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Nick Andrew - TRS80 - CMD file utilities

CMD file utilities

This package contains programs which work with TRS-80 executable files (i.e. /CMD).

Compact reads a CMD file and analyses the memory areas used by the file. TRS-80 CMD files contain chunks which specify a starting location and up to 256 data bytes to be loaded at that location. Programs were often patched by appending chunks which overlapped previously loaded addresses. The Compact program merges those patches and rewrites the CMD file in address order with the largest possible chunks for contiguous memory addresses.
Mdtocim reads a file containing a raw memory dump (i.e. with no structure) and writes a CMD format file. I used it to turn the Dick Smith Disk/Memory diagnostic program into a /CMD file.
Offset is one of my best TRS-80 programs. To understand its function, first read the description of unoffset below and then return here.

Offset reads an executable file from cassette or disk and modifies the file so that it can be loaded without conflicting with DOS memory areas, and then execute automatically. Offset did this by analysing the memory areas used by the file, and only relocating those areas which were needed by DOS. Then offset would add a small chunk of code which would disable DOS and copy the relocated data to its correct load area, and then execute the program directly.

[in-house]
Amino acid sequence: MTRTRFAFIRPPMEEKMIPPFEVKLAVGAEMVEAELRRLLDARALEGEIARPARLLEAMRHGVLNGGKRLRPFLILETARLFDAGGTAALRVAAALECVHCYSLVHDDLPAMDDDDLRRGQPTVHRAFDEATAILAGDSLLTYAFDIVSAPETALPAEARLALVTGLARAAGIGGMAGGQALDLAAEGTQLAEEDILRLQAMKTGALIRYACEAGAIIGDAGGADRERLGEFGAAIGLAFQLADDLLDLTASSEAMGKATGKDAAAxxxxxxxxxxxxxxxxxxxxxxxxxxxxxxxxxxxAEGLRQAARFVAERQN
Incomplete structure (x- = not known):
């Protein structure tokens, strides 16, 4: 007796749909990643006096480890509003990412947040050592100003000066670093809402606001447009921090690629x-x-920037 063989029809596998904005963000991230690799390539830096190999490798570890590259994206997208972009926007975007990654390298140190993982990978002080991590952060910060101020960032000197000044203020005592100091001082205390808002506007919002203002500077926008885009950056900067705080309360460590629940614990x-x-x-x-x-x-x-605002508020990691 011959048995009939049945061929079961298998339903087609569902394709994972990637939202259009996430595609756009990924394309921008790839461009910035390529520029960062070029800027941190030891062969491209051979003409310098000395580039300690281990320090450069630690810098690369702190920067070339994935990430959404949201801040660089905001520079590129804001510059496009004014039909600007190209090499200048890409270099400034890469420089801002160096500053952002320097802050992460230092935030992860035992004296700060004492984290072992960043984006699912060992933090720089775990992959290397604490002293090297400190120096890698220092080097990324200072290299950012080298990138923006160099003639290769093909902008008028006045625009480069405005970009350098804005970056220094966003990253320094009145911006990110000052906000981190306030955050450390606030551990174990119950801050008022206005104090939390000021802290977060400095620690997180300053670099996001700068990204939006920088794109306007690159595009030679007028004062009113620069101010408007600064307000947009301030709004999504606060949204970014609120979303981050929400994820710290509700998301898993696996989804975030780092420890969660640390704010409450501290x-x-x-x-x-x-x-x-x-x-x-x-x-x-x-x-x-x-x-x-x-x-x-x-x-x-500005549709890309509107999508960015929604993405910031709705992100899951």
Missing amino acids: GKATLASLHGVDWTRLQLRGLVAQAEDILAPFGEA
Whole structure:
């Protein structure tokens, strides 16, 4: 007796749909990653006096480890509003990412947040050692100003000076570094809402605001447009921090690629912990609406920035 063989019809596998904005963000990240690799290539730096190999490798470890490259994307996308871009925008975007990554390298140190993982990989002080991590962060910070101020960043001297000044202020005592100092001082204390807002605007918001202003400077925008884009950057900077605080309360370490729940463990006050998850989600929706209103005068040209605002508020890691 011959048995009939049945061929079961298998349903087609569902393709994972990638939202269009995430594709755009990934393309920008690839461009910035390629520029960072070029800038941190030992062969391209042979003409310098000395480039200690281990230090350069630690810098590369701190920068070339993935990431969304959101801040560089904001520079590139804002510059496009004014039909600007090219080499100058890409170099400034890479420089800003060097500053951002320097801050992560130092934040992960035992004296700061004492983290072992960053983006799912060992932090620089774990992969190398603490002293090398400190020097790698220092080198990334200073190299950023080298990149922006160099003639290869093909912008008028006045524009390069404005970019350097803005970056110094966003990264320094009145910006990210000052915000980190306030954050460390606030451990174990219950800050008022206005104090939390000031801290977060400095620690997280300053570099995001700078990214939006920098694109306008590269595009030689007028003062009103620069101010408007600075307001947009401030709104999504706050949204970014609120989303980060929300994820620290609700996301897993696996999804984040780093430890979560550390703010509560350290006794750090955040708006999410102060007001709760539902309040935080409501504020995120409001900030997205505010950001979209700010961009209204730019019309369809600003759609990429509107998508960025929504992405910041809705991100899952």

The advantage of offset over LMOFFSET and other attempts to make cassette-based programs run from disk, is that offset calculated the highest memory address used by the program and moved only the necessary load data into a buffer above that address. So offset worked where other programs did not. Of course it was much more convenient to not have to reboot and issue commands before running the program, too.

Newdos/80 included a program called LMOFFSET. The function of LMOFFSET was to enable a cassette-based program to be run from a disk-based system. Cassette-based programs usually loaded at a low memory address (e.g. 0x4200) which was incompatible with DOS, because DOS used up to 0x5200. So LMOFFSET would read a cassette program, change its load addresses to load above the DOS memory area, then append a small chunk of code to be executed. This chunk of code would display a message then require the user to press reset (reboot without DOS) and then type a BASIC command to start execution of the program (which remained in memory).

Needless to say this was pretty yukky. It also didn't work on some programs, depending on what load addresses were used.

Unoffset takes an LMOFFSET-modified CMD file as its input and reorganises the file into its original contents, removing the LMOFFSET module. The output file from unoffset should then be processed by offset.